[Haskell-beginners] Why do class instance functions behave differently when executed directly in WinGHCi than when loaded from a file?

Daniel Fischer daniel.is.fischer at googlemail.com
Fri Jun 10 13:50:17 CEST 2011

On Friday 10 June 2011, 12:53:30, Costello, Roger L. wrote:
> Hi Folks,
> I created a file, and in the file I entered this type class and an
> instance:
>     class MyEqualityOperator a where
>         isEqual :: a -> a -> Bool
>     instance MyEqualityOperator Double where
>         isEqual x y = x == y
> To test the isEqual function I entered this:
>     test = isEqual  3 4
> When I loaded my file into WinGHCi, I got this error:
> ------------------------------------------------------------------------
> ---- Ambiguous type variable `t' in the constraints:
>       `Num t'
>         arising from the literal `3' at simpleTypeClassTest.hs:11:14
>       `MyEqualityOperator t'
>         arising from a use of `isEqual' at
> simpleTypeClassTest.hs:11:5-16 Probable fix: add a type signature that
> fixes these type variable(s)
> -----------------------------------------------------------------------
> -----
> Why is it "ambiguous"?

The end is "because the type checker works with an open-world assumption 
and hence doesn't use the instances in scope to determine the type".

Before that comes
- numeric literals are polymorphic, the literal 3 stand for (fromInteger 3) 
and has type (Num t) => t

So the type checker sees

3 :: Num t => t
4 :: Num n => n

Those are arguments to

isEqual :: MyEqualityOperator a => a -> a -> Bool

hence n = t, but the type checker still doesn't know which type that is, it 
only has the constraint

3 :: (Num t, MyEqualityOperator t) => t

(and 4 has the same type).

Now, that's harmless so far, but test = isEqual 3 4 now gets the type

test :: (Num t, MyEqualityOperator t) => Bool

and here you have a type variable, t, in the constraints which doesn't 
appear on the right hand side, thus that is an ambiguous type.

Now, if the type checker took the instances in scope into account, it could 
find that the only instance of MyEqualityOperator in scope is for Double, 
resove t to Double and be done with it.

But, then somebody imports that module in a module where also an

instance MyEqualityOperator Int where...

is in scope, and test now becomes unresolvable - that's why the type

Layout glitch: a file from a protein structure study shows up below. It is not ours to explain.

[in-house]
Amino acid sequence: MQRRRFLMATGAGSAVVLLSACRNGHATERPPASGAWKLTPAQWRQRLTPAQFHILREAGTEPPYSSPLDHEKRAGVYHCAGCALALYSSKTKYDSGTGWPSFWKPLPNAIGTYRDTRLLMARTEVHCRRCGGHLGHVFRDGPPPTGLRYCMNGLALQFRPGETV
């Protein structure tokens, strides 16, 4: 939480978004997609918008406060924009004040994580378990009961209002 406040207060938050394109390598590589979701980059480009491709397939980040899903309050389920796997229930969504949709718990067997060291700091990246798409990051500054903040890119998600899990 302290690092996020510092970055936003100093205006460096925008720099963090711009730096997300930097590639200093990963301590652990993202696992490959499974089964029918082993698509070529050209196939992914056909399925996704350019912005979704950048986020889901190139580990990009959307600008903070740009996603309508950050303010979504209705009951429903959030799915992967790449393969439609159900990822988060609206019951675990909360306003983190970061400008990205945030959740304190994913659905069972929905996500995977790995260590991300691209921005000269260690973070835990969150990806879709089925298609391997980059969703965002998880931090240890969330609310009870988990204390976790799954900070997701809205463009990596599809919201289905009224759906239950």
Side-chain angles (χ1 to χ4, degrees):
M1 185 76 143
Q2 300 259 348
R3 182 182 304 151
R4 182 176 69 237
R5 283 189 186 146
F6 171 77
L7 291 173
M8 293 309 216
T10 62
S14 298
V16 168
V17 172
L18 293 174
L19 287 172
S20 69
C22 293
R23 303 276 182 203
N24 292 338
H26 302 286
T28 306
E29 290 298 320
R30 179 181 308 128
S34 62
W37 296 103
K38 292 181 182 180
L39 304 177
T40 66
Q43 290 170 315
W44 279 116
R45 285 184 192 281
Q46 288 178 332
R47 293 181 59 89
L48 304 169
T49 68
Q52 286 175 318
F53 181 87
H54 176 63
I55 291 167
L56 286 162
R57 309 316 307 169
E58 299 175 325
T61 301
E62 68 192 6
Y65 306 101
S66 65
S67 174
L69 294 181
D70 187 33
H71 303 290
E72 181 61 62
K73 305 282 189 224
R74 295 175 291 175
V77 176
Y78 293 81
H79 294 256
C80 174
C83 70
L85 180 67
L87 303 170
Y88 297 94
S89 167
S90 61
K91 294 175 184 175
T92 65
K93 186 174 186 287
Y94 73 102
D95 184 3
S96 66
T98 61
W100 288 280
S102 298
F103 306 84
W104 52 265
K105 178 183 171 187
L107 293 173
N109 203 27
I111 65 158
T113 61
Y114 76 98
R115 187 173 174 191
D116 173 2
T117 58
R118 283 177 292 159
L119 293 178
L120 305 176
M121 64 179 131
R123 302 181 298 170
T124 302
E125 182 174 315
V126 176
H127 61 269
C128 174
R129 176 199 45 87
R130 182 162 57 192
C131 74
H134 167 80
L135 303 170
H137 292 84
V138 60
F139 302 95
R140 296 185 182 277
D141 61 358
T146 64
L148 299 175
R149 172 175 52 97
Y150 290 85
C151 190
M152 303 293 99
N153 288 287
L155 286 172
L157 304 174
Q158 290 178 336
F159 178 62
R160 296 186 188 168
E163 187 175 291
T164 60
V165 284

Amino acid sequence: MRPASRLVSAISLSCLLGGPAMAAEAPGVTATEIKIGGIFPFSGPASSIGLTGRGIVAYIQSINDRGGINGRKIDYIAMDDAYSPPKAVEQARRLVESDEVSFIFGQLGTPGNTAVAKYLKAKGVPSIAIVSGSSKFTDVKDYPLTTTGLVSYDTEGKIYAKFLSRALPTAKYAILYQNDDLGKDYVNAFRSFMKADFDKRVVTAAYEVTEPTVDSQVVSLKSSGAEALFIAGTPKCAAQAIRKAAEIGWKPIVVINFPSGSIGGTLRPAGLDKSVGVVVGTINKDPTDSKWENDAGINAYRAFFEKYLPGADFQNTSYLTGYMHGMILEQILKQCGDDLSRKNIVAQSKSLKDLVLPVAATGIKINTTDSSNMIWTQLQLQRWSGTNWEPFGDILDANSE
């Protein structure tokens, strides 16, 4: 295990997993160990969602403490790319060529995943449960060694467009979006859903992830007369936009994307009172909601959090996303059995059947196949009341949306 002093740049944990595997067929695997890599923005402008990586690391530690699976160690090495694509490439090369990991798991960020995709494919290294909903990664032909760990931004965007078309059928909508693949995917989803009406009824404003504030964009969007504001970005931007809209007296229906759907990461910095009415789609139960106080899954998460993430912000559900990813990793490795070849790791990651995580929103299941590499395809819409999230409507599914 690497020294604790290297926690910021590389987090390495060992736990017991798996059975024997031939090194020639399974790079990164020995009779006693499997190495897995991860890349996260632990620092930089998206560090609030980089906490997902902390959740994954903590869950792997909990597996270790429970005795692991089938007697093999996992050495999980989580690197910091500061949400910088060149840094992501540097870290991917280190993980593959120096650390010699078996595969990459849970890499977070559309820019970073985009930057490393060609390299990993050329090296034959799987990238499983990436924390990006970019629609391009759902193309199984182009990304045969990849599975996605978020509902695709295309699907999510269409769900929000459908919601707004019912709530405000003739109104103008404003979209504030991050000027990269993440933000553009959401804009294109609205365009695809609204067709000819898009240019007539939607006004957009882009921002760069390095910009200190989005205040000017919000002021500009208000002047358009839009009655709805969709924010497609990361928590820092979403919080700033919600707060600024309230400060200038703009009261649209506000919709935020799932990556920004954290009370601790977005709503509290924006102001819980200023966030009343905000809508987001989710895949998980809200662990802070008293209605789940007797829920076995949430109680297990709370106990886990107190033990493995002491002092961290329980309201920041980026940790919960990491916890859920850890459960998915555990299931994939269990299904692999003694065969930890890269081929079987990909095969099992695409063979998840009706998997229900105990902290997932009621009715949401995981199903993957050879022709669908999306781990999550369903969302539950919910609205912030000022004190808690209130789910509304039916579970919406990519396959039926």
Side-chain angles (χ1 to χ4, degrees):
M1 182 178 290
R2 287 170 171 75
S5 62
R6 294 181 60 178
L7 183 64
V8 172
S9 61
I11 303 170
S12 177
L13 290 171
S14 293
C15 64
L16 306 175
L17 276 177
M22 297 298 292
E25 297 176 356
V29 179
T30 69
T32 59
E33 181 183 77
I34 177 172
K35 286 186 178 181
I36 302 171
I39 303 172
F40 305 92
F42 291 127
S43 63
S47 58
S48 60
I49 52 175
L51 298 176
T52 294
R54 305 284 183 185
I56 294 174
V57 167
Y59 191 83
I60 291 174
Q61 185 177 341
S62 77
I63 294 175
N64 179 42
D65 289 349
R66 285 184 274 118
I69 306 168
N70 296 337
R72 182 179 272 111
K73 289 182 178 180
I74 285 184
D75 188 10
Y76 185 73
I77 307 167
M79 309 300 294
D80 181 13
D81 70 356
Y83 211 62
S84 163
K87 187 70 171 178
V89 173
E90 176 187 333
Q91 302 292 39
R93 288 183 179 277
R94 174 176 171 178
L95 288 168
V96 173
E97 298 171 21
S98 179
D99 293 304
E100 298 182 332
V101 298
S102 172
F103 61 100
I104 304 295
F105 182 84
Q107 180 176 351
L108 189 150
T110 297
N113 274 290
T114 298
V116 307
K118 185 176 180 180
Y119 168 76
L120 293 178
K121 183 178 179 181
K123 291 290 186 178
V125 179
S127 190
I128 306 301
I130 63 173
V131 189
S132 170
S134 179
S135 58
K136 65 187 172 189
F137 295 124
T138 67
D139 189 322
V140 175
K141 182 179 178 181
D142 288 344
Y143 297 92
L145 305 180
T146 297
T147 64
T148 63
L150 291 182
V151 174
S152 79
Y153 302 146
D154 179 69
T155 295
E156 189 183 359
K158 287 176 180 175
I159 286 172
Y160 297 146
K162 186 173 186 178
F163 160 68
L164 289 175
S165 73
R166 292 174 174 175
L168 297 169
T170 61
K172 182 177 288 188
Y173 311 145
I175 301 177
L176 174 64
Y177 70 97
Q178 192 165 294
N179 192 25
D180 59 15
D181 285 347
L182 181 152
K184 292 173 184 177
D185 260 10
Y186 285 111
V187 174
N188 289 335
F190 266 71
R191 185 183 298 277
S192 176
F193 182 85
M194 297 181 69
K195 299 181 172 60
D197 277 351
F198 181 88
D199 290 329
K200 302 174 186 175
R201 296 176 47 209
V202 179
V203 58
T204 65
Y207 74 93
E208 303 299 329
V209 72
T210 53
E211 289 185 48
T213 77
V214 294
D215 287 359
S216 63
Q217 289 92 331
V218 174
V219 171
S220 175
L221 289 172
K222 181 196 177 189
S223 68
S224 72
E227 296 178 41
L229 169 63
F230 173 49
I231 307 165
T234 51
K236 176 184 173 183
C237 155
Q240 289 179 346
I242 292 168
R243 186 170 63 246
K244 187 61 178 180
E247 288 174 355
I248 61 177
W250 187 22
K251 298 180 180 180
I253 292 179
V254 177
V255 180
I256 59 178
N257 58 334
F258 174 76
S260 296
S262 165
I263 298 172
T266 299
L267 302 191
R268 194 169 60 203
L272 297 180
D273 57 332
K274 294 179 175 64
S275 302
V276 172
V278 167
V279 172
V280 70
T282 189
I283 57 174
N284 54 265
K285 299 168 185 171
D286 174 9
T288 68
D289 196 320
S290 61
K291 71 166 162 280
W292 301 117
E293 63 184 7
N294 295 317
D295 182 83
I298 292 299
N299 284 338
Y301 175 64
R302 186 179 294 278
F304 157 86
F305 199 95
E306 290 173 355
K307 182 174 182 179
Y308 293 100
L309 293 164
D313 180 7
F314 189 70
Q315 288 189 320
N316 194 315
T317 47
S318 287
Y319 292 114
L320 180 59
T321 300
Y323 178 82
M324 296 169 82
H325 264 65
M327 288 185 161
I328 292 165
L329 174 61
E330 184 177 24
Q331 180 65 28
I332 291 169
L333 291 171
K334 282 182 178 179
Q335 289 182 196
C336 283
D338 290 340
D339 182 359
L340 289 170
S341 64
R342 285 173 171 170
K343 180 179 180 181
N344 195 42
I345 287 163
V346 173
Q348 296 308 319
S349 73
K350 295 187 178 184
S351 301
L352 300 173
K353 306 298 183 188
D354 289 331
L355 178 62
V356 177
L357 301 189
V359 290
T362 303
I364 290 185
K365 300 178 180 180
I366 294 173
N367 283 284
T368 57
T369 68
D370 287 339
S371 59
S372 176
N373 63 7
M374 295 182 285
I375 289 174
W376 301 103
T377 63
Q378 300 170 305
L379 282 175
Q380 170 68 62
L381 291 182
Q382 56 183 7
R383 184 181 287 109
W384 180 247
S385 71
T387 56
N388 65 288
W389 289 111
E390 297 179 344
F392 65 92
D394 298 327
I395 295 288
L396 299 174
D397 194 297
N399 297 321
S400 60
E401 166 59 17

checker cannot use the instances in scope to determine the types involved, 
things might be imported in environments with other instances in scope and 
that would break stuff.

Now, if you had

test2 = 3 == 4

in your source file, that would compile without an ambiguous type variable 

But that's almost the same as test, the only difference is that the 
inferred type for test2 is

test2 :: (Num t, Eq t) => Bool

What's going on?

Under certain circumstances, such ambiguous type variables are resoved by 
defaulting (cf. section 4.3.4 [iirc] of the language report).
The conditions are
- all constraints are of the form (Cls v)
- at least one of the constraints involves a numeric class
- all involved classes are defined in the Prelude or the standard libraries

These conditions are fulfilled for test2, so there the type variable t gets 
defaulted to Integer [unless you have a default declaration in your module 
overriding the default default].

For test, the third condition is not fulfilled, so the ambiguity does not 
get resolved by defaulting.

> Interestingly, when I typed this at the WinGHCi command prompt:
>     isEqual  3 4
> I got no error and I got the expected result (False).
> Why is this?

Because ghci uses extended defaulting rules.
At the prompt, there's less context to determine type variables than in 
code, so ambiguous situations arise more often. To reduce the frequency of 
ambiguous type errors, ghci uses defaulting also in situations not covered 
by the report.

> What would I need to do, in my file, to make this work properly:
>     test = isEqual  3 4

Provide a type annotation,

test = isEqual 3 (4 :: Double)

> /Roger

More information about the Beginners mailing list